I love a good story. The best have a moral, a lesson, a way of turning the leaf over in your palm and viewing it through an entirely different lens. Perfection is boring you see, and whether I know the real story or not, my version is always going to be interesting. It’s always going to include a little challenge, a little strife, and an underdog that prevails.

Chairish . Lauren Jane Lounging Lady $621.

Happy Saturday.

REEDing Between the Lines

While rattan always strikes me as a decorative accent best showcased somewhere down south, I find I long for it when the weather even hints (as it does here in New England, in fits and starts) of becoming warmer. It feels right that furnishings should get a little lighter, allow a warm breeze to pass through them – even if they are indoors.

Mario Lopez Torres . Parrot Toucan Monkey Chandelier . Chairish . $6800.

Now if you have begun to conjure images of the Golden Girls in their Florida condo, let me stop you right there. This isn’t bamboo and peach palm fronds that I’m talking about. Rattan can be sophisticated, elegant even, and I am here to prove it.

Rattan is derived from the Maylay – Rotan, which consists of an old world species of climbing palms, which in turn, belong to a sub-family known as Calamoldizae, which is Greek for reed. Now we are getting somewhere, so stick with me here. Those reeds are woven into cords, which are wrapped around a wire frame, allowing the decorative object or piece of furniture to take shape. It’s an art, and oh boy, are there ever some designers that elevate the form.

Draped like a cloth tossed on top of a table. Beautiful lines. Chairish.

Mario Lopez Torrez is perhaps my favorite for his cheeky use of monkey’s. A Mexican Artist known for his mid-century creations – though it is believed he still produces pieces today in his village – Ihuatizo. If a visual examination of the intricacies of his designs don’t convince you of his status, perhaps the price points at which his pieces sell will.

City or seaside, north or south, I have a hankering for rattan.

Evergreen: The Manly Bedroom

Bedgreen 6

West Elm . Sherwin-Williams – leaning toward the green.

Kermit said:  “It’s not easy being green.” Oh Kermie, I think green is beautiful.  It’s the color of nature, and new beginnings.  Of money and survival, of going for it.  It’s rough and rustic, delicate and beautiful.  It’s shades span the muddy and the pure.  It’s a color that could work in all seasons, and for a man or a women, a little girl or a tiny baby boy.

Not long ago I had a visitor to my apartment and she declared it the ultimate Bachelorette Pad.  I laughed, and have to say with No. 4, I’m guilty as charged.  Still it made me think about what my place might look like if I designed my place with a man in mind – not just any man, but a manly man – one that likes the outdoors.   A city place with an ode to the outdoors.

Left:  Worldmarket . Falkland Elsie Upholstered Headboard . $479.  Right:  Ballard Designs Burlap Fringe Curtains $49.00

Bedgreen1

Since it just occurred to me, and I am not actually going to change the design of my beloved No. 4, I chose to consider just the bedroom.  I like mossy greens, and evergreens, textures that evoke the outdoors, and of course something that would actually grow there.

BedGreen Chairish

Chairish . 22″ Spanish Moss Green Panel Linen Pillows . Pair $219.

The big question is …. is it manly enough for your man.

BedGreen2

Rosemary with a little violet.  Don’t men like a little color?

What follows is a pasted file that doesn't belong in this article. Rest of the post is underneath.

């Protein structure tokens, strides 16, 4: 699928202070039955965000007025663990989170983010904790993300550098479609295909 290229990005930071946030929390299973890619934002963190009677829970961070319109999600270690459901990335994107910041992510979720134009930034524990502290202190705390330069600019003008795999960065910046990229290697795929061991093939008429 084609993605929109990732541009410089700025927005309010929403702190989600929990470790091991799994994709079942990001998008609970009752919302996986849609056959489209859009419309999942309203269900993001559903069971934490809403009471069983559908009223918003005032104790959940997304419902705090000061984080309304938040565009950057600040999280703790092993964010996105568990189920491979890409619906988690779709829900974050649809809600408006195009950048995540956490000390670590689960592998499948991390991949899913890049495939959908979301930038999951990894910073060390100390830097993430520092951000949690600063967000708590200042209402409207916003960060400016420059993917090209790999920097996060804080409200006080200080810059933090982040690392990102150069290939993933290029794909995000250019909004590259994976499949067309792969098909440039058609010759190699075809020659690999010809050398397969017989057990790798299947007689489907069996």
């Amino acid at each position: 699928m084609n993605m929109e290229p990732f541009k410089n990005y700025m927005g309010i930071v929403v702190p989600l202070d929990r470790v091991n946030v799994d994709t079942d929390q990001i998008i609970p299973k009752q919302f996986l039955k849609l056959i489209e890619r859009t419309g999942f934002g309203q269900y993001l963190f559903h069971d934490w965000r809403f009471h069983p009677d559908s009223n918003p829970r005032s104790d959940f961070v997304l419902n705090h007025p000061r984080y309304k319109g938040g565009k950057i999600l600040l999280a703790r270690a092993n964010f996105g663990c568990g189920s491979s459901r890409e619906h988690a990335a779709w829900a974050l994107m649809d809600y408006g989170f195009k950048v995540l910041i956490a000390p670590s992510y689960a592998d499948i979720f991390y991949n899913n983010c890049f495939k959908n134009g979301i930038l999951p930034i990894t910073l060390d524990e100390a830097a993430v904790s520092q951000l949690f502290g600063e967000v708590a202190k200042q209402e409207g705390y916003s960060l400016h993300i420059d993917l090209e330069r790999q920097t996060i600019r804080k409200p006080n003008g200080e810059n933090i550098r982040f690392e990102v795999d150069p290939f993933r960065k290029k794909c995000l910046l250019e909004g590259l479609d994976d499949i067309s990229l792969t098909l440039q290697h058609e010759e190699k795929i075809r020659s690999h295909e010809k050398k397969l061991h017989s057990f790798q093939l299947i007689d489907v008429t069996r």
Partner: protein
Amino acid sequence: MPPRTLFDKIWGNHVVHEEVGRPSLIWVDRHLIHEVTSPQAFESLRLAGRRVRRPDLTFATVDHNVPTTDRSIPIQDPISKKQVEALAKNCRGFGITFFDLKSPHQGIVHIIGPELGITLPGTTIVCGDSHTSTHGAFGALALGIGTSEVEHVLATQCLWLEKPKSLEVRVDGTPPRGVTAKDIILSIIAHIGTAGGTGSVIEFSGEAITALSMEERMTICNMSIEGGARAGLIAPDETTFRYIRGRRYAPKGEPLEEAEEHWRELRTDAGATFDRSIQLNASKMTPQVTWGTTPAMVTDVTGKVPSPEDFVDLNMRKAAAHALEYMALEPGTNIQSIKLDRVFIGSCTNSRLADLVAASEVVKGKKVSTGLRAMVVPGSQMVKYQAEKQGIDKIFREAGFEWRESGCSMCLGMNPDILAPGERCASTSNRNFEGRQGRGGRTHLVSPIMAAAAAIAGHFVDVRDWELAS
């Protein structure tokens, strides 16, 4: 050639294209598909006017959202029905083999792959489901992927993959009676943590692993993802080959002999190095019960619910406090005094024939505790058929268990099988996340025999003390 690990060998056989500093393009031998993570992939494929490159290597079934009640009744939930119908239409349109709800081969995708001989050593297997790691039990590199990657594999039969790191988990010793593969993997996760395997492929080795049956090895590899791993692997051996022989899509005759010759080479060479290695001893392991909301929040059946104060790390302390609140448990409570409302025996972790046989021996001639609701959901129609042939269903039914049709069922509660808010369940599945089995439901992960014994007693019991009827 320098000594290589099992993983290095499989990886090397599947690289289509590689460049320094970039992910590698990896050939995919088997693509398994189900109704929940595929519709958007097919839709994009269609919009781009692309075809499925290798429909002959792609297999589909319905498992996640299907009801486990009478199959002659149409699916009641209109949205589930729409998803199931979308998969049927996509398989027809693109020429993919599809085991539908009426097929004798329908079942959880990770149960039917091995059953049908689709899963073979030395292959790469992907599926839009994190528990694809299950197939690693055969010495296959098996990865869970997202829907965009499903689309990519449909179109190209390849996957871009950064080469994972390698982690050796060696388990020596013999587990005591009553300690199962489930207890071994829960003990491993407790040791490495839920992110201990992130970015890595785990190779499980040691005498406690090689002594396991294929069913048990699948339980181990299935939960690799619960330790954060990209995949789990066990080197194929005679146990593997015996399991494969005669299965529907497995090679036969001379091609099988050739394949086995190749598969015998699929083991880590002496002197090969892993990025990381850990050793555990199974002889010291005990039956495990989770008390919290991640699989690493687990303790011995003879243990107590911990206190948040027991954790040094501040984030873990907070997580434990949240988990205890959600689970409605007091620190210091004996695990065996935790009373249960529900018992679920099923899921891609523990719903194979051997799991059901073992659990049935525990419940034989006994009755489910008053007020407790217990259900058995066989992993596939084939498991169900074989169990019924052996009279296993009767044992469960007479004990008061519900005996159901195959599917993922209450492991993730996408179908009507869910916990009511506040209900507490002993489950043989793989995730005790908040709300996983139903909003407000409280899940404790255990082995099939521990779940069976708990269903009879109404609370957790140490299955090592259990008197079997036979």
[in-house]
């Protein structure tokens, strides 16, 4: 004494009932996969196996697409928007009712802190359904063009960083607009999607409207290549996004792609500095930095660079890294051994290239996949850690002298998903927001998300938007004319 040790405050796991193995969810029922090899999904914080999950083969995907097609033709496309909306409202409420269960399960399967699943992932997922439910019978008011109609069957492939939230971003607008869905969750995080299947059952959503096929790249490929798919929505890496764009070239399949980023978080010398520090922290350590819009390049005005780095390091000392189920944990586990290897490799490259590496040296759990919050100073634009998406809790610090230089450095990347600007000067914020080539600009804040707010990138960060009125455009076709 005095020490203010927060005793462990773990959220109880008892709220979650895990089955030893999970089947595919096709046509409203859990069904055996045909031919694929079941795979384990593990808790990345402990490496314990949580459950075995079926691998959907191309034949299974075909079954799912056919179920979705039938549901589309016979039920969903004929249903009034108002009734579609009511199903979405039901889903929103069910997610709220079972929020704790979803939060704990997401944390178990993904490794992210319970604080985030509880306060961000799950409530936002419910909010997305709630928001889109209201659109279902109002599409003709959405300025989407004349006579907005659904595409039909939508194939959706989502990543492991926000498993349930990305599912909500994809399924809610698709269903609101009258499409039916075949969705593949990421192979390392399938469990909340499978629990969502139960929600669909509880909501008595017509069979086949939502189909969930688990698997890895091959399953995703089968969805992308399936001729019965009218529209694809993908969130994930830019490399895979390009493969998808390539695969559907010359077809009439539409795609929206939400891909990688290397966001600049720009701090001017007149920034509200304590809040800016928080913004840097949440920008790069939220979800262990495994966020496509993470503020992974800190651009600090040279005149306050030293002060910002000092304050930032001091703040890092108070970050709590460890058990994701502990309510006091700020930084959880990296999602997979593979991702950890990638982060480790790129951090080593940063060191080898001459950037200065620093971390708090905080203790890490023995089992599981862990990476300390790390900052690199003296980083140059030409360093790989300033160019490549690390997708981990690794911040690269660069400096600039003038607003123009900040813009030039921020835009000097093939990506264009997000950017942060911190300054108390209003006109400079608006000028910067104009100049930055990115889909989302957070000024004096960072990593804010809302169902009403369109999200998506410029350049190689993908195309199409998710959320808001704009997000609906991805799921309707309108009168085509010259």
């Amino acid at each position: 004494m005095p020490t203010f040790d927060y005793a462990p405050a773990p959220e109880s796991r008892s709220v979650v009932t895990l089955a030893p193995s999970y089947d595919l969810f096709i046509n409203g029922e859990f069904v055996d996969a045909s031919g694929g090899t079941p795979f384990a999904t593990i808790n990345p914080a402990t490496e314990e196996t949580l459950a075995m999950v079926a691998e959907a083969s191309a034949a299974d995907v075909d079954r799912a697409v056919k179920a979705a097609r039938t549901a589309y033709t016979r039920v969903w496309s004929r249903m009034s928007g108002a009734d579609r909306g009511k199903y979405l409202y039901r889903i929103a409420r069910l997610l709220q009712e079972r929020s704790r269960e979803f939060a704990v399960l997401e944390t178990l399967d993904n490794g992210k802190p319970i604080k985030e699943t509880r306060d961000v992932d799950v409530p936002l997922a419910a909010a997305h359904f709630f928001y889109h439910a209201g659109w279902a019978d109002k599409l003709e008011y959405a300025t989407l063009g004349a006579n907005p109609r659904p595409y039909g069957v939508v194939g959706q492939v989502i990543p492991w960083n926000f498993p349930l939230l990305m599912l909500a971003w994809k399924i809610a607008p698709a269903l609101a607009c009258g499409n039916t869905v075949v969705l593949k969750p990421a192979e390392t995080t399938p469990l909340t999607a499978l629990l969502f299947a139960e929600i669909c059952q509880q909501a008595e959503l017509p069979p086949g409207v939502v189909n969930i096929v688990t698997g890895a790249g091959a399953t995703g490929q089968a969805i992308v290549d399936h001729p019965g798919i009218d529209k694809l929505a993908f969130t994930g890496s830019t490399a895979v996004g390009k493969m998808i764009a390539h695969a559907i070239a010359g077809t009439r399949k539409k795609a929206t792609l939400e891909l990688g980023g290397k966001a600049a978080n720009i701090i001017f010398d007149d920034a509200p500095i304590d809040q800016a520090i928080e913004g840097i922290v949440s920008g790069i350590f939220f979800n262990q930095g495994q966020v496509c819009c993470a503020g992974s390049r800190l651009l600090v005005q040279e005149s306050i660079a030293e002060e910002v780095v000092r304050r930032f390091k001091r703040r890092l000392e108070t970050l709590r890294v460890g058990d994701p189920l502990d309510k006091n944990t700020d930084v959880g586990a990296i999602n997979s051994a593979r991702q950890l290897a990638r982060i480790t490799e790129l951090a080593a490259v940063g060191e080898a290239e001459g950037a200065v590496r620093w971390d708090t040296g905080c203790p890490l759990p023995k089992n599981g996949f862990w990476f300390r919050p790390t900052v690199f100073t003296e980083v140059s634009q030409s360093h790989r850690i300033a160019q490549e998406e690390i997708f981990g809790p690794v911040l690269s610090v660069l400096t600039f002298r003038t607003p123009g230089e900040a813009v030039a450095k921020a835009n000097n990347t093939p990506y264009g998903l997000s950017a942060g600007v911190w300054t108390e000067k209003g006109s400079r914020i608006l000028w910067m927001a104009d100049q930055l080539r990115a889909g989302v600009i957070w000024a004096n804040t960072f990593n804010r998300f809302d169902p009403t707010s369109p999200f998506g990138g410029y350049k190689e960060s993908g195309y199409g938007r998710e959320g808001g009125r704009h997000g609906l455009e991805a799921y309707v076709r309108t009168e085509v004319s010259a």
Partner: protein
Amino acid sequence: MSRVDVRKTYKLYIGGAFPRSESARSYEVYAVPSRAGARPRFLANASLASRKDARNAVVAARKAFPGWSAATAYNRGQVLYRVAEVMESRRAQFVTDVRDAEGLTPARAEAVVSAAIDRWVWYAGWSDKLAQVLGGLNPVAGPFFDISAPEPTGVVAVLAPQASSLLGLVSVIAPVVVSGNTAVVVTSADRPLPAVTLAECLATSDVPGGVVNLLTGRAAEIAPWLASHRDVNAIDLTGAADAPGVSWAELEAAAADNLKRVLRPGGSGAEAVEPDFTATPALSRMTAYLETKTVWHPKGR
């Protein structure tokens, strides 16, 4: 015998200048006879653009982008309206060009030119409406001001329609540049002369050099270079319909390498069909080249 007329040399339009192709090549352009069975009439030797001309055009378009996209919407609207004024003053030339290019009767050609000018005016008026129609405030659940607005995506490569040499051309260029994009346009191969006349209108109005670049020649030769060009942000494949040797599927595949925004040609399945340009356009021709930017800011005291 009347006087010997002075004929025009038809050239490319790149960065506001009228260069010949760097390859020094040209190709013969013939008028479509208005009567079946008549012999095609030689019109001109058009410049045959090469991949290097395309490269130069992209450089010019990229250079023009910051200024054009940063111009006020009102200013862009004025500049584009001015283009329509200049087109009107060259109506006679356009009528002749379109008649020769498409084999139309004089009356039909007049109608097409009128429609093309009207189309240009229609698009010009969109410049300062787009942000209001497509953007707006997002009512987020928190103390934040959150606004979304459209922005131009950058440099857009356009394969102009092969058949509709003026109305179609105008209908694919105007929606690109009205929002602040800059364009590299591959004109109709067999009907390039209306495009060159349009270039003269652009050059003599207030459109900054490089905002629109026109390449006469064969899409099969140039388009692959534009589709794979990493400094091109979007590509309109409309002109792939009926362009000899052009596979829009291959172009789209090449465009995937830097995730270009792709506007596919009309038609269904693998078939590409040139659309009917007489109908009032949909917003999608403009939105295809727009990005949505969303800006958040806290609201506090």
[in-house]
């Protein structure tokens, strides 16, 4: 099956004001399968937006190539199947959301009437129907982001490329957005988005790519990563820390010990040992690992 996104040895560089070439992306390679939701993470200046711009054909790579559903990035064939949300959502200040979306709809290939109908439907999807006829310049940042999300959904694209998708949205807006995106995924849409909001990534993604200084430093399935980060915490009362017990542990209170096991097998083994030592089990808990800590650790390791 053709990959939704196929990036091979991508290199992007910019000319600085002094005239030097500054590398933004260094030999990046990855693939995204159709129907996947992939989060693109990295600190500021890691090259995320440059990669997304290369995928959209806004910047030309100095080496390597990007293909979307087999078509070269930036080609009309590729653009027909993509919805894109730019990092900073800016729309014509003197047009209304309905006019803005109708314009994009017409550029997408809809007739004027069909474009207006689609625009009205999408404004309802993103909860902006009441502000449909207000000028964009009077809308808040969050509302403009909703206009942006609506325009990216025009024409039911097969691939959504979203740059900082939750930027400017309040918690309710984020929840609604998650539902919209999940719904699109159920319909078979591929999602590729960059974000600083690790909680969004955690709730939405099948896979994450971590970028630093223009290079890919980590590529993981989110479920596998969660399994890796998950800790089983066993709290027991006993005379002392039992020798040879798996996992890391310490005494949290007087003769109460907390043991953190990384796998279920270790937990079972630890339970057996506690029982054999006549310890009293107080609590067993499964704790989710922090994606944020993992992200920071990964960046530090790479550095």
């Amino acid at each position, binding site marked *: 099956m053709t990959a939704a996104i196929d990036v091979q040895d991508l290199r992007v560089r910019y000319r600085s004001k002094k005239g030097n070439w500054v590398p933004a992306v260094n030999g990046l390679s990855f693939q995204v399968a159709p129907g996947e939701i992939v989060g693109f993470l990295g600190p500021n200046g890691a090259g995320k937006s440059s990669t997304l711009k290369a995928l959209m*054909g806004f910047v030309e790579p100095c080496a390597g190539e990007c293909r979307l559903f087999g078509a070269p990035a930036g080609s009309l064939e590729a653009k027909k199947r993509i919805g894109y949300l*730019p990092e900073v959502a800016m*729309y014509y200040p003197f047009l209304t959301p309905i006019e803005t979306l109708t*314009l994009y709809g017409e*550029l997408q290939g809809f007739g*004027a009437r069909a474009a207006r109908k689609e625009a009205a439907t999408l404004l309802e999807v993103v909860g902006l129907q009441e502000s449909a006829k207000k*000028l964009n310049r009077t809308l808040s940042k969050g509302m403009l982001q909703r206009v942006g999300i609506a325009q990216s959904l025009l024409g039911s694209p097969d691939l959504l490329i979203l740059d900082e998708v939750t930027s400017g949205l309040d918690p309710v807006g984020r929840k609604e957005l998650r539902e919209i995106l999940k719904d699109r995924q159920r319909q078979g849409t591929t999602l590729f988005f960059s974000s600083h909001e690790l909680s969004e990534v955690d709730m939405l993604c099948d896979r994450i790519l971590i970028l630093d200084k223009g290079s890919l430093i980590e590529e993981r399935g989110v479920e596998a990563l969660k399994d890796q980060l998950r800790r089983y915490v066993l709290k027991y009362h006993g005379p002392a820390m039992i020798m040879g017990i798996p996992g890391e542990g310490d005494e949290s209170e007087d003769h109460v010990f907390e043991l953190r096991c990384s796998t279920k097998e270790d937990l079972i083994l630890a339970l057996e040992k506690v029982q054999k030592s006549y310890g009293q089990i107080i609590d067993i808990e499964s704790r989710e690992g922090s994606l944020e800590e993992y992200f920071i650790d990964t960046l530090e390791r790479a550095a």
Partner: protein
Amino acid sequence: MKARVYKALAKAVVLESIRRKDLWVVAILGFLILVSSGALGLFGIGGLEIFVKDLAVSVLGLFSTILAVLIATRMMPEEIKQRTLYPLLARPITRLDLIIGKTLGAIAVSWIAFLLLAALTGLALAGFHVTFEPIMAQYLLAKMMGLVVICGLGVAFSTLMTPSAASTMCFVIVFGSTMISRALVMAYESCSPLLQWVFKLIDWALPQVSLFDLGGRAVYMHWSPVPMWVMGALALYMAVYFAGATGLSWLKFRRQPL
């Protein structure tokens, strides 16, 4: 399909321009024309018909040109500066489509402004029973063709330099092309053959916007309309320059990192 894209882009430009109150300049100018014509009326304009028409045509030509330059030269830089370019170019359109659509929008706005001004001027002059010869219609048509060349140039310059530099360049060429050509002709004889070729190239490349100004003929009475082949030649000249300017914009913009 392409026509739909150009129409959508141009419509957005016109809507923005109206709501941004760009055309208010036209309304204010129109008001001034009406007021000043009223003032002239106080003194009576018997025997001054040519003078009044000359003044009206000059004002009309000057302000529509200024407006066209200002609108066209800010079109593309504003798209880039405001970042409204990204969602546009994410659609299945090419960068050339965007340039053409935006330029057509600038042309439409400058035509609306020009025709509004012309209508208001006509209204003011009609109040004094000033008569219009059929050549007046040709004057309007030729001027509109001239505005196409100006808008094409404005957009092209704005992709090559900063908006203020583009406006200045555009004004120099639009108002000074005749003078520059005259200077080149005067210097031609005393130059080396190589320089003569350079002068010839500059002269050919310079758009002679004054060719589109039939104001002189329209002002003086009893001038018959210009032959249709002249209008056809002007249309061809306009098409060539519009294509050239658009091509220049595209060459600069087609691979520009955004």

It Takes heART

The last few weeks of summer always have me out of sorts.  I’m still longing for a lazy day on the beach with a good book, a glass of rose in the afternoon on the deck, an outdoor shower before dinner…throw in a yoga class, repeat, replay, it doesn’t get old for me.

Art Chair 2

Chairish . Closer $1450.

I do love fall, but I am not ready for the traffic, the school buses, and normally I can get very excited about fall fashion, but I am trying to refrain from spending my hard earned dollars on a fantastically outrageous pair of high fashion pants, that I would likely wear twice, have absolutely no room for weight gain or loss, and would be wildly out of style the following year.  Can you say $1400. down the drain?  I’m trying to, but what I hear is, come get me, you’ll be the envy of the IIDA Fashion Show.  Oh lord, sometimes I am too much to handle.

Art Chair1

Chairish . Passionate Heart $810.

So I am turning a blind eye to the fabulous fashions that are racked and waiting, and am in need of some inspiration. ART and NATURE.  I find that they gently tug me through tough political and economic climates, bad break-ups, low moments in construction when the project seems as if it will never come to an end, and I’ll be covered in dust forever!

Art Esty 4

Etsy . Carl Thomas Gallery . Beginnings $400.

Of course you can go to a gallery and see some amazing masters, but I like to scroll through the pages on Etsy, and Chairish.  There are so many unknown artists that have incredible talent.  So much of what Etsy has to offer is incredibly affordable too.  Like the names given to nail polish I find it fascinating and illuminating to read the titles of paintings.  They open my imagination to so much more than the image alone and allow me to craft a story – make it my own.

Art Etsy 1

Etsy . Make Believe . $150.

One of my favorite paintings I loved before I knew the title, but when I learned it was called:  Time After Doubt, I fell in love with it.  I have collected a lot of art while on this flipping adventure of mine.  My most recent acquisition was the inspiration for the color palette in No. 4, and is prominently displayed in the living room.  I adore it, and expect it will make a reappearence before I reach No. 10, but it is Time After Doubt that once published, you will see in every single flip – all ten chapters of My Life in Sawdust.

Art Etsy 2

Etsy . Landscape No. 8 $89.

To finding a little inspiration in this time in-between.

Art Etsy 3

Etsy . Linda Monmori . Visitors $360.